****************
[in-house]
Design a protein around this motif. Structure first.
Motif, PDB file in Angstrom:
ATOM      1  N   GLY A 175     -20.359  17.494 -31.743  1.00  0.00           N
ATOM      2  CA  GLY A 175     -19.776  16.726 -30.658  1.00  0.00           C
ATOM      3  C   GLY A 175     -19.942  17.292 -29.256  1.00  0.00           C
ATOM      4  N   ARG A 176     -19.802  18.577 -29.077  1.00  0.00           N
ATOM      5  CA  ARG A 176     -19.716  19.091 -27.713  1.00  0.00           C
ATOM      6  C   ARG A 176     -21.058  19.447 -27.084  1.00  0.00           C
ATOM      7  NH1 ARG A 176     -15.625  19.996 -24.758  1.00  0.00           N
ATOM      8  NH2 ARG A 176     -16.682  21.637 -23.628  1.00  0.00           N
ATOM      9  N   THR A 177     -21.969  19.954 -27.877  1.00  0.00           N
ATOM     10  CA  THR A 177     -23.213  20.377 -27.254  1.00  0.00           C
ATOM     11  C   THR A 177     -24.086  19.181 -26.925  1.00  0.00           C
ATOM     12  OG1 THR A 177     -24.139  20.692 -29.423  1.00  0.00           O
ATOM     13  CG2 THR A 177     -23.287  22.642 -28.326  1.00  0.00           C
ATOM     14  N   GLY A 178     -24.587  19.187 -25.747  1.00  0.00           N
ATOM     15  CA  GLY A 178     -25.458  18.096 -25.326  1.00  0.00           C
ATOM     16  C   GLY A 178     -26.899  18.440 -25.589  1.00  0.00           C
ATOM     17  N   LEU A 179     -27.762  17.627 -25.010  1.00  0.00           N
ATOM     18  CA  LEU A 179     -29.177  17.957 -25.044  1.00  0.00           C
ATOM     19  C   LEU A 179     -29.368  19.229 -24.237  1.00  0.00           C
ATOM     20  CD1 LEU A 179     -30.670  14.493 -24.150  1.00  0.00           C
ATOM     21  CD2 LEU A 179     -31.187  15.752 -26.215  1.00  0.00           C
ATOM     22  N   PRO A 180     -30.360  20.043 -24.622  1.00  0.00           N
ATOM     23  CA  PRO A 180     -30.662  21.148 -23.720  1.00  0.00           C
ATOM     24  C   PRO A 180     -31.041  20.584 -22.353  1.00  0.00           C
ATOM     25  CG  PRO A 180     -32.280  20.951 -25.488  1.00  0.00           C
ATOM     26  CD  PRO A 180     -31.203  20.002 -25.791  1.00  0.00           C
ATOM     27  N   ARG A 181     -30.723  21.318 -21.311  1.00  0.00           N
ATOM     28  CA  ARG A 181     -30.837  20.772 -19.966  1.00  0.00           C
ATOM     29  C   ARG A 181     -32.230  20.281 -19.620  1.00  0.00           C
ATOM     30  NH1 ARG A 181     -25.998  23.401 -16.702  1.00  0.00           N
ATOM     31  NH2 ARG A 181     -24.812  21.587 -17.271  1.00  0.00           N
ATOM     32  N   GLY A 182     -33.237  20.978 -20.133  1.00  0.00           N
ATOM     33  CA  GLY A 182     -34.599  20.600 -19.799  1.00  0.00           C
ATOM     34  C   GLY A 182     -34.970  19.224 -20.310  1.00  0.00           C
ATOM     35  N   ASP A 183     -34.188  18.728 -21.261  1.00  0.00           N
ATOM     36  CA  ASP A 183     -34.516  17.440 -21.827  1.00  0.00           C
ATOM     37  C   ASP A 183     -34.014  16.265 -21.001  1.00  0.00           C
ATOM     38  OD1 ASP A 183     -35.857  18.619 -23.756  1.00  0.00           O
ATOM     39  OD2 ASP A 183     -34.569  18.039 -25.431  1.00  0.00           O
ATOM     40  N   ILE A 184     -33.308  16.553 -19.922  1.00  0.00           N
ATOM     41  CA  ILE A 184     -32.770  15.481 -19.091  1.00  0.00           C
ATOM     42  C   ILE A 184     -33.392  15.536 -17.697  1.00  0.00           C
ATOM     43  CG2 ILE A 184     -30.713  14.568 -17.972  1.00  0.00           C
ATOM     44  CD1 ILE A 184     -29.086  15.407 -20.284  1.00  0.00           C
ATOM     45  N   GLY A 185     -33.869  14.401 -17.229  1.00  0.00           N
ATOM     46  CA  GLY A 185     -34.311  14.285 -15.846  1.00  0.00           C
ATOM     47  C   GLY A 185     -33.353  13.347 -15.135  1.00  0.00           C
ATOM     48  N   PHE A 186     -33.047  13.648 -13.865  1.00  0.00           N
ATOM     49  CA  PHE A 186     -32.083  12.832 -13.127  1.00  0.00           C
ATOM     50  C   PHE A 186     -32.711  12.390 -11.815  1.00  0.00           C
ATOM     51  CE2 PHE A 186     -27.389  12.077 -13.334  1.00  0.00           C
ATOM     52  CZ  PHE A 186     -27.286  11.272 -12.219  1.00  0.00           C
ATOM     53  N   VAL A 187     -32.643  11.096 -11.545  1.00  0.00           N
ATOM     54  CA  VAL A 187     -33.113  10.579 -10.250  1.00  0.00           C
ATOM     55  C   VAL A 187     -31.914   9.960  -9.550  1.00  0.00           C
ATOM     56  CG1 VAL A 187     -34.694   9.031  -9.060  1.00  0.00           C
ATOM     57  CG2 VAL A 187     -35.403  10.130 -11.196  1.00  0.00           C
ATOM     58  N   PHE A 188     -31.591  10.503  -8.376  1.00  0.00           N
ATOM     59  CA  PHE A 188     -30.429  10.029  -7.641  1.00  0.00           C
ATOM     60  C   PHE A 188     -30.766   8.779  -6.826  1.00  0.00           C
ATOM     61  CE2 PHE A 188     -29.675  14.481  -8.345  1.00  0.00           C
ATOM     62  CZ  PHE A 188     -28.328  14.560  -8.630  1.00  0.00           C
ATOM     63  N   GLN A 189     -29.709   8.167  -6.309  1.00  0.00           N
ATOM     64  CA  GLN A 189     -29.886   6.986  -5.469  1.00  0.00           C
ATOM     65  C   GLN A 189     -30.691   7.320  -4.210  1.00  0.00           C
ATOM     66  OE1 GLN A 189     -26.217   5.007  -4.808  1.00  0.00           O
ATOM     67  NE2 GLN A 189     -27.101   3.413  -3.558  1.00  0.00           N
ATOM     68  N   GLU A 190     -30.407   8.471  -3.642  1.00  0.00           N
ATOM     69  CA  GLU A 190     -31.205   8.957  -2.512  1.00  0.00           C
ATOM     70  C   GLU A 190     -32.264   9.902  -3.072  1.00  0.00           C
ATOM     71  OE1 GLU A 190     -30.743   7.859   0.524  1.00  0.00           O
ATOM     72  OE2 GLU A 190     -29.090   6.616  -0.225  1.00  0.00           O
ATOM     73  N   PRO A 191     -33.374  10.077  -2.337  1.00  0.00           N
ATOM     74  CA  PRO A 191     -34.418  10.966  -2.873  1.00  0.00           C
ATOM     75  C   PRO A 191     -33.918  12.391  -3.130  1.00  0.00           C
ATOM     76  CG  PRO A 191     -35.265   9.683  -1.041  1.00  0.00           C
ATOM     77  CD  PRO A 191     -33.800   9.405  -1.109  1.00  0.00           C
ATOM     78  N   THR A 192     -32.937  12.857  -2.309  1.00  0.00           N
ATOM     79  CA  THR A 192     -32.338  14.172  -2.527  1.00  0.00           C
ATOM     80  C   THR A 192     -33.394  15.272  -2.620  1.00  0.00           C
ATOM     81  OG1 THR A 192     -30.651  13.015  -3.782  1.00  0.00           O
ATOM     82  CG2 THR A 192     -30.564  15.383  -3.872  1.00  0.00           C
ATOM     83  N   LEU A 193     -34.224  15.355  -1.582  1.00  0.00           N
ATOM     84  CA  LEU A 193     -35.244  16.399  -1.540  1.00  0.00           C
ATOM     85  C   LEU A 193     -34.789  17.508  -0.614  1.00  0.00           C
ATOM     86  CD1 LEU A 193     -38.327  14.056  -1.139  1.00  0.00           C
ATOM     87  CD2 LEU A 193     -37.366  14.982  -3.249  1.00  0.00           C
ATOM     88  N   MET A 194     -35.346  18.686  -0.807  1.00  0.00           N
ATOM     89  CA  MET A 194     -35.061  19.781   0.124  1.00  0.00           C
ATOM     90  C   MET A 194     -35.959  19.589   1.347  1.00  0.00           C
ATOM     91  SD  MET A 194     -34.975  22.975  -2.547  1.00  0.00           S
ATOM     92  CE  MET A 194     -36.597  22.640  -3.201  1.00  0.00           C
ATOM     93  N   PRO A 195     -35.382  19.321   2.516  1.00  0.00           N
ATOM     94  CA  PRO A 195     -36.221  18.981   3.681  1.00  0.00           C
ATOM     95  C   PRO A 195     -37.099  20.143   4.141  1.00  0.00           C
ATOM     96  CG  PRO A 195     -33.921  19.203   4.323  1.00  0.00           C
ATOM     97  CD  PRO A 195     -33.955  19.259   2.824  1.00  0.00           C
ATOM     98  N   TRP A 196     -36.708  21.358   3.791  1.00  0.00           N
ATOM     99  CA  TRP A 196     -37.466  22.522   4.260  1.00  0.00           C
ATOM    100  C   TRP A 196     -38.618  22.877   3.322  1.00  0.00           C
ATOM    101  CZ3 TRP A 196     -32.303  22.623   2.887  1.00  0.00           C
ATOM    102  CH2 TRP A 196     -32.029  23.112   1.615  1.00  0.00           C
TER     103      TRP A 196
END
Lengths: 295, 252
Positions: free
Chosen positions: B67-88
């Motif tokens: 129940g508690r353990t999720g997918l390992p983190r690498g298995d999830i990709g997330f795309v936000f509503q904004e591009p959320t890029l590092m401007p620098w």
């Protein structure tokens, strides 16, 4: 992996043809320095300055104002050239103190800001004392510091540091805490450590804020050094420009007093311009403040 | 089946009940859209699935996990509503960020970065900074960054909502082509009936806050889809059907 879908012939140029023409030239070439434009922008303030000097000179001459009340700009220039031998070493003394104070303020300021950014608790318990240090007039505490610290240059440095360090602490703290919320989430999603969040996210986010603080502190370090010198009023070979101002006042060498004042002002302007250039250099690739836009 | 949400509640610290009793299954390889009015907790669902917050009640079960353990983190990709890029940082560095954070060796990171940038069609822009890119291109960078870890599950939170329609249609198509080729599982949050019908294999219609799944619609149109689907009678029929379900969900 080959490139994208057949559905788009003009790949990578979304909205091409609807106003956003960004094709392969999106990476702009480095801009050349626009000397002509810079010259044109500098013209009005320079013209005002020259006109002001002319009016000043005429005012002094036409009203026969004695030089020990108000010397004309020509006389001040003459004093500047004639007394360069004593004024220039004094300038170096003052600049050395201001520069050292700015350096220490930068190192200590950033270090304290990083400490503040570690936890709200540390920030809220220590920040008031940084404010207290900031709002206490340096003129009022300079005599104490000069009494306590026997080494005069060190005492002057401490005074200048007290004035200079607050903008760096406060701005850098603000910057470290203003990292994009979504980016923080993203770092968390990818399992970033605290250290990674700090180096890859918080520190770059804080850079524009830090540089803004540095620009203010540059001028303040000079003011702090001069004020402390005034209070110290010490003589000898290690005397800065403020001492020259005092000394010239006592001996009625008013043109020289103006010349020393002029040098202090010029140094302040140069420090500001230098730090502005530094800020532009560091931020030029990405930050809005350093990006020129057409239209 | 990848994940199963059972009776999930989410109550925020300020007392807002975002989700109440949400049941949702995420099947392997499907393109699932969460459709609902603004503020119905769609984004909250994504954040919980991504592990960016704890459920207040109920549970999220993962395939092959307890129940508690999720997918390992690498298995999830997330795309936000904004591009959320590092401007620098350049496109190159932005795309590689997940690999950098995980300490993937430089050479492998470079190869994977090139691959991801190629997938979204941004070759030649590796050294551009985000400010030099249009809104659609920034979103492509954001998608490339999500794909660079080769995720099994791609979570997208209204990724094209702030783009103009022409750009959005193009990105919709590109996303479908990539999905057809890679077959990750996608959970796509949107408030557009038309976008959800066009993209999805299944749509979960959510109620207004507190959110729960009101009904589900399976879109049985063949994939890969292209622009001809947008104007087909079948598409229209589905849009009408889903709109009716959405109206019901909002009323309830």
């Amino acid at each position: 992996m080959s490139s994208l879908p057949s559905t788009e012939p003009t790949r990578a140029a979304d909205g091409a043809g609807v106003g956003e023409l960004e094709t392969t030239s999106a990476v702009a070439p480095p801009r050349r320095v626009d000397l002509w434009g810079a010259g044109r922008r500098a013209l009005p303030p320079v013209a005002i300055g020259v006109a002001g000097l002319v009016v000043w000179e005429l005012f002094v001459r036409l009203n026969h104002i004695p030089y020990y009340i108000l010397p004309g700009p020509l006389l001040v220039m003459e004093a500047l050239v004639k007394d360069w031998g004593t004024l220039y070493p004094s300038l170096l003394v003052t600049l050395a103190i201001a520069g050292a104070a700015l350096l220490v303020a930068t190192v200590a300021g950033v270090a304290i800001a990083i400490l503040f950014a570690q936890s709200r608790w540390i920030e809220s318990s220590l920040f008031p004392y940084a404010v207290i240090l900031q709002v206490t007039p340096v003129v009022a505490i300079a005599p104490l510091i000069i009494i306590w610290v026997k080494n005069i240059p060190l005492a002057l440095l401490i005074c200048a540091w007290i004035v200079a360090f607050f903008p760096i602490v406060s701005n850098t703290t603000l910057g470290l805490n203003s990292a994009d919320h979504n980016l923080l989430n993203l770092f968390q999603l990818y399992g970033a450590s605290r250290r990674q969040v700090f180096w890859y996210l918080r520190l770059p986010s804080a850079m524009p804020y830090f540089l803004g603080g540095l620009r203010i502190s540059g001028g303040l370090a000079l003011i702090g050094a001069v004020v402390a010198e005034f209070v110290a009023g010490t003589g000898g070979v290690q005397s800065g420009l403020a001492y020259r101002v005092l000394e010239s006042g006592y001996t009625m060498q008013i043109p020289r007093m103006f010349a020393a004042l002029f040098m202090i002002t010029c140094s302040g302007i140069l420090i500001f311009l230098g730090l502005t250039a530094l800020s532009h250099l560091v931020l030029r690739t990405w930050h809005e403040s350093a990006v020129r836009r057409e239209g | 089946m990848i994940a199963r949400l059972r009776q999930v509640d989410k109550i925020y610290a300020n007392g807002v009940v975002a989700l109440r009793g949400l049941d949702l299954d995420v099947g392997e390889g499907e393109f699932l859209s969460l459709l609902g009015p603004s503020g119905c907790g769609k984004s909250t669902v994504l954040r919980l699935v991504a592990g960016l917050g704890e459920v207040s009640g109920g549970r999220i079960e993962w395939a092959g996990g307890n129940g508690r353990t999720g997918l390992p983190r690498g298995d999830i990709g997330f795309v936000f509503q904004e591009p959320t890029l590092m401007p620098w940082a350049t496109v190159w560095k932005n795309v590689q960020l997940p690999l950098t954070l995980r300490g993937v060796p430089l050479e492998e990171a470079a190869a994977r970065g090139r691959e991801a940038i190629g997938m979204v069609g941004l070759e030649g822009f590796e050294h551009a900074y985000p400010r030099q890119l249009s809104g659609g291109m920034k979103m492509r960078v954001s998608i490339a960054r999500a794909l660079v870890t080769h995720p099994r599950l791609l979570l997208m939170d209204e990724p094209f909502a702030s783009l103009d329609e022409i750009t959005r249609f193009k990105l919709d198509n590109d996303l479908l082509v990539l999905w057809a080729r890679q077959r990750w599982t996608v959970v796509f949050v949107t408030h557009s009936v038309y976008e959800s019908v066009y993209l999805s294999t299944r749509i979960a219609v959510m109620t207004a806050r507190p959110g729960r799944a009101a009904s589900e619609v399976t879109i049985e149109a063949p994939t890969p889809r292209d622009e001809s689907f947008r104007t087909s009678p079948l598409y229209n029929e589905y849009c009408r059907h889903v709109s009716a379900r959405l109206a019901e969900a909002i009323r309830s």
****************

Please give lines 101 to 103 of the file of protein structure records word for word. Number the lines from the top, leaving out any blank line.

ATOM     98  N   TRP A 196     -36.708  21.358   3.791  1.00  0.00           N
ATOM     99  CA  TRP A 196     -37.466  22.522   4.260  1.00  0.00           C
ATOM    100  C   TRP A 196     -38.618  22.877   3.322  1.00  0.00           C